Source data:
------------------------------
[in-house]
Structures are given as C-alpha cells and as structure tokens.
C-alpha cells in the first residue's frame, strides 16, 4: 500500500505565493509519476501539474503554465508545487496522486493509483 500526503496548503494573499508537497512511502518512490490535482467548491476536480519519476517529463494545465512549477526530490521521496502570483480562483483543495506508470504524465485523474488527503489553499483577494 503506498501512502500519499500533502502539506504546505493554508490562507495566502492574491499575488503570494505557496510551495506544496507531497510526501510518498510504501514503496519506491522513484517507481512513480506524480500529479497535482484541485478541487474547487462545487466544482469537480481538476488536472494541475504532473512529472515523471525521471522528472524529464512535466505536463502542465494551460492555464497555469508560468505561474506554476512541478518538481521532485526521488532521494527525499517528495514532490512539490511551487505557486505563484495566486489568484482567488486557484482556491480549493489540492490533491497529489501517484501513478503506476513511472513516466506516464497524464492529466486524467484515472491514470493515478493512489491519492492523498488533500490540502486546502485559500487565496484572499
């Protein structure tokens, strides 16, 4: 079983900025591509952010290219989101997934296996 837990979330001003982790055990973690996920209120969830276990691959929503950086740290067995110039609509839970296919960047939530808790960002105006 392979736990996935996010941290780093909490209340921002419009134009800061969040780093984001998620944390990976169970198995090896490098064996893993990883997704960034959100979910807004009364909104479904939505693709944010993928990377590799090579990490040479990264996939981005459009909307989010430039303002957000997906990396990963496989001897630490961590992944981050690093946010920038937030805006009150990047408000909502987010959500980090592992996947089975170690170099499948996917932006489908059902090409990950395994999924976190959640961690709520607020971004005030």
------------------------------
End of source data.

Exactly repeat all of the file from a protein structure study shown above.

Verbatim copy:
[in-house]
Structures are given as C-alpha cells and as structure tokens.
C-alpha cells in the first residue's frame, strides 16, 4: 500500500505565493509519476501539474503554465508545487496522486493509483 500526503496548503494573499508537497512511502518512490490535482467548491476536480519519476517529463494545465512549477526530490521521496502570483480562483483543495506508470504524465485523474488527503489553499483577494 503506498501512502500519499500533502502539506504546505493554508490562507495566502492574491499575488503570494505557496510551495506544496507531497510526501510518498510504501514503496519506491522513484517507481512513480506524480500529479497535482484541485478541487474547487462545487466544482469537480481538476488536472494541475504532473512529472515523471525521471522528472524529464512535466505536463502542465494551460492555464497555469508560468505561474506554476512541478518538481521532485526521488532521494527525499517528495514532490512539490511551487505557486505563484495566486489568484482567488486557484482556491480549493489540492490533491497529489501517484501513478503506476513511472513516466506516464497524464492529466486524467484515472491514470493515478493512489491519492492523498488533500490540502486546502485559500487565496484572499
């Protein structure tokens, strides 16, 4: 079983900025591509952010290219989101997934296996 837990979330001003982790055990973690996920209120969830276990691959929503950086740290067995110039609509839970296919960047939530808790960002105006 392979736990996935996010941290780093909490209340921002419009134009800061969040780093984001998620944390990976169970198995090896490098064996893993990883997704960034959100979910807004009364909104479904939505693709944010993928990377590799090579990490040479990264996939981005459009909307989010430039303002957000997906990396990963496989001897630490961590992944981050690093946010920038937030805006009150990047408000909502987010959500980090592992996947089975170690170099499948996917932006489908059902090409990950395994999924976190959640961690709520607020971004005030």